Stephan Balkenhol, renowned for his wooden sculptures and carved out of wood art pieces, is a German artist also working in other fields, like photography and drawing.
Stephan Balkenhol is a German artist renowned for his sculptures: art pieces carved from wood with a wide range in size and form. A graduate from the Academy of Fine Arts in Hamburg, Balkenhol doesn’t look for the extraordinary in life, but sees and captures the basics in people; it is almost as if all of us are dissolved into his sculptures, only to be reinvented as someone else, unique and ordinary at the same time. Balkenhol’s commitment to simplified medieval carving techniques has allowed the artist to become a master of the imperfect. This style, perfectly imperfect, is also perhaps how we could describe a generalized view on humanity. His works, which also involve the use of other techniques like photography and drawing, are found in numerous collections worldwide, as well as being included in major art fairs. In this interview with Artdependence Magazine, Stephan Balkenhol provides insight into his outlook on the existing reality of his craft, how his work is perceived (and ranked), plus a little taste on his future plans.
Artdependence Magazine: In one of the interviews you said that each artist wants to create something new to add to existing reality, something that is missing in it. What do you add to the existing world. How can you define your "input"?
Stephan Balkenhol: Figurative sculpture is often misused as a bearer of messages. In my vision my sculptures become a question, a mirror. And it is the viewer who fills it with meaning. Astonishingly enough, many beholders can hardly bear this “openness”. Both myself and my sculptures do need this element of tension, this mystery.
AD: Your early works were mostly nudes, now you dress them in clothes. What has changed your approach?
SB: It is true, my very first figures were naked. But as I noticed that people usually walk around dressed I naturally started to dress my figures as well. But there is still both in my oeuvre – in the same way that we can be both dressed and undressed. Being naked is part of the „conditio humana“ as is being dressed.
AD: Apart from this you are quite consistent in your artwork. You don't like to experiment?
SB: For more than thirty years there has been the common thread of the nature of human beings and the struggle about the human figure in my work. Without exeperimenting, without risking things this is simply not possible. This might be the constant you are alluding to. However, and here I absolutely agree with you, I try not to only scratch the surface of things but to profoundly explore my topics in all their complexity.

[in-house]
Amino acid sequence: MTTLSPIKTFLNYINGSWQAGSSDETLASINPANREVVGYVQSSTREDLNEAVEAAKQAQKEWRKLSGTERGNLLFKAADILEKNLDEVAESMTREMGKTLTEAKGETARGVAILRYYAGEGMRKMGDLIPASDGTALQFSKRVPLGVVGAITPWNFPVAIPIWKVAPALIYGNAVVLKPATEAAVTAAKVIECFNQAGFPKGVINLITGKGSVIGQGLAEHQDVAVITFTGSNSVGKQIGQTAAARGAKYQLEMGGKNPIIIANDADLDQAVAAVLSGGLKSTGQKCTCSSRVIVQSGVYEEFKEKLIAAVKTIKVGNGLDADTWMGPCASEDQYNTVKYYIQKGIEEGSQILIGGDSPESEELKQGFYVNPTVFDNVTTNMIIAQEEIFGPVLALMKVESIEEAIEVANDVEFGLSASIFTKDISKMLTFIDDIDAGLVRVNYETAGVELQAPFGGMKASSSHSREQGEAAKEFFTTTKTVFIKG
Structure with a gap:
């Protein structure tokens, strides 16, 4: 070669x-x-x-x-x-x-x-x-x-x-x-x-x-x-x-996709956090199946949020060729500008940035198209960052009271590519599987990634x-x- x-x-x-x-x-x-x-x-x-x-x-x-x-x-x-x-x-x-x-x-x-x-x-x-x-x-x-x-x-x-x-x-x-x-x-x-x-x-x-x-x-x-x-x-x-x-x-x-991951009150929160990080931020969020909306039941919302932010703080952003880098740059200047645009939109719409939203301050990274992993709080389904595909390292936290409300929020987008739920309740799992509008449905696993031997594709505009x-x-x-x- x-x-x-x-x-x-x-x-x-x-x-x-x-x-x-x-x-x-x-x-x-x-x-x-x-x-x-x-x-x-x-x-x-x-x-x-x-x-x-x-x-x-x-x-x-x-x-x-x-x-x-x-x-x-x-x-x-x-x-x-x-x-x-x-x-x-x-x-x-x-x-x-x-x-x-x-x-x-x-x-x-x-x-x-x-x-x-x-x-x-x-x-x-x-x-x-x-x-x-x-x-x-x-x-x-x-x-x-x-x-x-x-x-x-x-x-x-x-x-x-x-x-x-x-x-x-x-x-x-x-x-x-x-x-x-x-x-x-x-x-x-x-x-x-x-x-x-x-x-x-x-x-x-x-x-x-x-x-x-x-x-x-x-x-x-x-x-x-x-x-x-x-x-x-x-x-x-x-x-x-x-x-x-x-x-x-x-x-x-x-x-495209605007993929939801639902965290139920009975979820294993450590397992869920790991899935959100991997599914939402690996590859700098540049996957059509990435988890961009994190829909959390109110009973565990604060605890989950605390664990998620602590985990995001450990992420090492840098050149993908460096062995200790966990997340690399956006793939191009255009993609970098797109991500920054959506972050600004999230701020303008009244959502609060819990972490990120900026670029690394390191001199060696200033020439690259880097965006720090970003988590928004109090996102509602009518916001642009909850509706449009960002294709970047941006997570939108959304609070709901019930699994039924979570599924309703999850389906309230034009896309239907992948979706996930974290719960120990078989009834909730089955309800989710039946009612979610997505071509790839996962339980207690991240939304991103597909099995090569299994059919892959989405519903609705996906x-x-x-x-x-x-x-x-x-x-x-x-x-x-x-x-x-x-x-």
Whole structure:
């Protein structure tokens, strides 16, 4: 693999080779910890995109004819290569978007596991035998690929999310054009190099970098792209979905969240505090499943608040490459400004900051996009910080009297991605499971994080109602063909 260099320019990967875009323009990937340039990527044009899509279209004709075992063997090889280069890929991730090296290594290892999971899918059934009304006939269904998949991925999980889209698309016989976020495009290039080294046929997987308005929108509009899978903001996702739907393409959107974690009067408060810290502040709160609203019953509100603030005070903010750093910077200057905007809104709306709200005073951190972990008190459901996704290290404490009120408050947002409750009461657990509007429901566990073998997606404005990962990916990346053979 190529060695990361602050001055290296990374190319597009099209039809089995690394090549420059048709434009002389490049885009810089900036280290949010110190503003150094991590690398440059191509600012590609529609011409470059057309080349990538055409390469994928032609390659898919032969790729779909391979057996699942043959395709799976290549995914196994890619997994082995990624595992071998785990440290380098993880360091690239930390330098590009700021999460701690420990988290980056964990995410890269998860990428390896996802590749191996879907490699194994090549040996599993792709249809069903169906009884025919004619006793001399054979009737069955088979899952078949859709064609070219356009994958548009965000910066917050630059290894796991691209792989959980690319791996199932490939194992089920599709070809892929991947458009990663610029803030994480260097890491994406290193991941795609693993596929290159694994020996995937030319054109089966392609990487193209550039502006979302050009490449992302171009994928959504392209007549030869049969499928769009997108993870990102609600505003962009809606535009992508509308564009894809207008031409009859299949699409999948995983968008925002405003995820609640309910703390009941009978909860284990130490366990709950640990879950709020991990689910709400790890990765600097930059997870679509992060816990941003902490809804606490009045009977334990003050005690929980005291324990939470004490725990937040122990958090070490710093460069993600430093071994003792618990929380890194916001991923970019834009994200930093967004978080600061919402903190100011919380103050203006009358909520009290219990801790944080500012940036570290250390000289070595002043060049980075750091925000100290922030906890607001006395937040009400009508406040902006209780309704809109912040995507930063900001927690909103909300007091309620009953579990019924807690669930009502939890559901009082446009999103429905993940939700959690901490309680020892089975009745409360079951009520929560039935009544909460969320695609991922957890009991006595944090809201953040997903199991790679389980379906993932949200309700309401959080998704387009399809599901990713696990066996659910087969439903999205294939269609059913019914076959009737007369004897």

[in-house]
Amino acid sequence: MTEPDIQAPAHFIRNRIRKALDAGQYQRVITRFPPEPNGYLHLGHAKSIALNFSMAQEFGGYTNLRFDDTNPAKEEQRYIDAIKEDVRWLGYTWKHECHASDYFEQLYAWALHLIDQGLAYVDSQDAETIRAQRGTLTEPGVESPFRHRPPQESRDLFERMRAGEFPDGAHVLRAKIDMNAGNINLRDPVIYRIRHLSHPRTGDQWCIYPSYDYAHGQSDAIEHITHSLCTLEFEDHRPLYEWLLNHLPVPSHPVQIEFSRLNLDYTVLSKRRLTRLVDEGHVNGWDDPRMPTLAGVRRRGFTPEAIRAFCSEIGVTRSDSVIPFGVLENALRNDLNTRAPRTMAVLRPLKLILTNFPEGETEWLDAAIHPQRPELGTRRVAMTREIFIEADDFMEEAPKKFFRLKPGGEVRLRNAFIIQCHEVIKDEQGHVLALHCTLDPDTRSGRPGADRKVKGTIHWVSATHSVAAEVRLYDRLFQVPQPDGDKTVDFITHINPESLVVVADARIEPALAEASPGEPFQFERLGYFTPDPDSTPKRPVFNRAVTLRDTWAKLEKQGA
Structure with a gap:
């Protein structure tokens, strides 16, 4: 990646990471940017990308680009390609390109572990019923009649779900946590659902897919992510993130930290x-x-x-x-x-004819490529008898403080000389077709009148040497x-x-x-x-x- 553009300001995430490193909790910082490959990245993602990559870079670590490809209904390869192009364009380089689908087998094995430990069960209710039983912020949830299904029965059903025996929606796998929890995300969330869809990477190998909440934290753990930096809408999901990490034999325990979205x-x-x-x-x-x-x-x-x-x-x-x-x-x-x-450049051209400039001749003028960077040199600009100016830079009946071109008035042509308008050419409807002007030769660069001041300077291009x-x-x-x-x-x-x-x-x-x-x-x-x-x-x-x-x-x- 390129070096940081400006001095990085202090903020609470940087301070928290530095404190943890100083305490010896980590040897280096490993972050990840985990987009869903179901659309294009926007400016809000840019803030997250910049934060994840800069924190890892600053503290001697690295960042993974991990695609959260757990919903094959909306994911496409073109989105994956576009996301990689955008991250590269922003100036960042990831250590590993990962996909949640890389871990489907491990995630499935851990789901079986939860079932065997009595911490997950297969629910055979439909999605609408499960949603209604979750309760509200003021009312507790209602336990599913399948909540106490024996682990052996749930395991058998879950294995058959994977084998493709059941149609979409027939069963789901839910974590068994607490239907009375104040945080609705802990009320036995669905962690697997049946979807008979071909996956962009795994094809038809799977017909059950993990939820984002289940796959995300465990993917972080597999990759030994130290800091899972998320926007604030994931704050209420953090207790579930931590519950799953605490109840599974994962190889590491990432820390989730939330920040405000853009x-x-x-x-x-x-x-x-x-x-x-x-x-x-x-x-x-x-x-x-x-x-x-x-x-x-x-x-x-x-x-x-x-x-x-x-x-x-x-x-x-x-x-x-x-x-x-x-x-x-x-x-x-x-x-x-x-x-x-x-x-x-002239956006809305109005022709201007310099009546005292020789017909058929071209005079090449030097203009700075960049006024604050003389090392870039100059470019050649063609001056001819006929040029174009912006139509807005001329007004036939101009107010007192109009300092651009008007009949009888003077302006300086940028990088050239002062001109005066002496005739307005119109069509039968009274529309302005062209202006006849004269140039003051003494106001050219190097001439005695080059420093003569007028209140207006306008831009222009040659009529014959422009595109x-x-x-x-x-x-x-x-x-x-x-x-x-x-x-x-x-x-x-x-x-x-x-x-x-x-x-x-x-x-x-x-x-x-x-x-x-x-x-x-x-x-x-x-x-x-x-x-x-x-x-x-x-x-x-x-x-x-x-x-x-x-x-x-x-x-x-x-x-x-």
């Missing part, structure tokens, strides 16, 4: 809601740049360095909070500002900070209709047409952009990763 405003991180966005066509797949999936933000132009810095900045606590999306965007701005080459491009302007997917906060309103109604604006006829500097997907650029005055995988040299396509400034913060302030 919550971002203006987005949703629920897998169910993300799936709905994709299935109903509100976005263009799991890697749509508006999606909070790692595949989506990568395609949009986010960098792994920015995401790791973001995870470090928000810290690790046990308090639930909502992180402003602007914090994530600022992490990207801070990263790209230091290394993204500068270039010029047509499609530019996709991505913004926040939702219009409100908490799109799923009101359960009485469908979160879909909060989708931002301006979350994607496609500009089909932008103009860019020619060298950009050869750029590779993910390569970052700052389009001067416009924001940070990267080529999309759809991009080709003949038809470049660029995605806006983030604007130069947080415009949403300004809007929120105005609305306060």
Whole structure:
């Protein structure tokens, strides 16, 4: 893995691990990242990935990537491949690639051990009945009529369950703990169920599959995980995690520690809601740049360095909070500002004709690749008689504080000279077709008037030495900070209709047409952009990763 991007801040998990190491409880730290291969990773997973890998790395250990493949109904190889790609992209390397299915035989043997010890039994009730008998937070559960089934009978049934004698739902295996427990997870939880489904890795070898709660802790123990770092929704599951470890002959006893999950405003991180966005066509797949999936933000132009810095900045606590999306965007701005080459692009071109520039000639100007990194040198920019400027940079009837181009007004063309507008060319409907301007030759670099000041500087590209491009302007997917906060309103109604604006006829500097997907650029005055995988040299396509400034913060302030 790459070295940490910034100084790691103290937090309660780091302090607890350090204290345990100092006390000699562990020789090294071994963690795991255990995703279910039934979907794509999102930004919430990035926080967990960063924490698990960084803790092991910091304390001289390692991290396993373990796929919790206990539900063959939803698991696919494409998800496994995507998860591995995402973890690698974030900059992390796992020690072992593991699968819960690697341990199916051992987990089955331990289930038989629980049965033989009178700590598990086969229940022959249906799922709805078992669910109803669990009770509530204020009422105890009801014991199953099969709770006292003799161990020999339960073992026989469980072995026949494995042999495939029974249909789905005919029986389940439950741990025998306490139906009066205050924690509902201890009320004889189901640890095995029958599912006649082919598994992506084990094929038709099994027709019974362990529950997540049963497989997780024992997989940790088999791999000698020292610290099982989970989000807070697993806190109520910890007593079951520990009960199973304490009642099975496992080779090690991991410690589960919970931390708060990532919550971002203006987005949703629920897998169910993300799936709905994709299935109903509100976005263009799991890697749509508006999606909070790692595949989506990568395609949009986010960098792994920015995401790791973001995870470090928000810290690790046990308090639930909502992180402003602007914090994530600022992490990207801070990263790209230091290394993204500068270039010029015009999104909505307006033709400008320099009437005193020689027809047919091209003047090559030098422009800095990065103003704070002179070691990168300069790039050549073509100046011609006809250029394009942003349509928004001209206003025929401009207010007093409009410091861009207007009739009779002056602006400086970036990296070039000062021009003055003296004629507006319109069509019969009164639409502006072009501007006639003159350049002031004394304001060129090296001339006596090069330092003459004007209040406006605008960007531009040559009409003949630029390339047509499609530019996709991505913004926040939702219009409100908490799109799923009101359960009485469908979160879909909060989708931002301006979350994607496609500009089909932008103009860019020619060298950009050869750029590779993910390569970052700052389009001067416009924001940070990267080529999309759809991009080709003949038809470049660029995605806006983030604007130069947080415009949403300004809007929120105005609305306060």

Cupido, 2012 © Stephan Balkenhol
AD: Sculpture plays the main role in your oeuvre. But sometimes your practices also include drawing and photography. Please tell us when and how you use them?
SB: Drawing is a very direct and immediate medium. It only needs very few lines to tell a great story. You can turn the whole world upside down, let cows fly and phrase something unspeakable. Both drawing and photography have accompanied my work for all the years. Often they are studies for sculptures or conceptual conciderations. But they do not necessarily end up in a sculpture. In the last years I did quite a few woodcut drawings – something one could say on the verge between drawing and sculpture.
AD: Your work does not reflect any particular person, but is a compounded reflection of many characters. In a way, you collect features of different persons and combine in one sculpture so that they lose their identity and become impersonal, characterless. What does the idea of simplifications and generalization mean to you?
AB: Actually it is the other way round. It is not about combining characters or creating hybrid creatures without any identity. For me it is important to create a figure that on the one hand has got an expression and a specific nature but on the other hand it has to be open and ambiguous. It would be wrong to call it a generalisation through reduction. It is rather an agglomeration – also in a poetic sense. In that way the figures can become a projection surface for their complex and contradictory human counterpart.
Drei Hybriden (Löwe, Kuh, Nashorn), 2014 © Stephan Balkenhol
Foto: Henrik Hornung
AD: You are ranked No 177 on Artfacts now. Does this indicator mean anything to you?
AB: Of course I am glad about success and recognition. But at the same time I know that I am always only as good as my next sculpture.
AD: You have a long list of exhibitions all over the world in different venues. Which one did stick the most to your memory so far? And what are your future plans?
SB: There are some exhibitions that have been particularly important for my work due to the significance and size of the respective institution, as well as the feedback that followed (i.e. Kunsthalle Basel 1988, Hirshhornmuseum Washington 1995, Deichtorhallen 2008/09 und Musée de Grenoble 2010/11). But basically I understand every exhibition as a new challenge. In 2015 I am looking forward to two museum exhibitions, one taking place in Düren together with Jeff Wall, the other one being a solo exhibition in the Moscow museum of Modern Art (Palais Gogolevski).
AD: Dear Stephan Balkenhol, thank you for the interview and all the best in your artwork!
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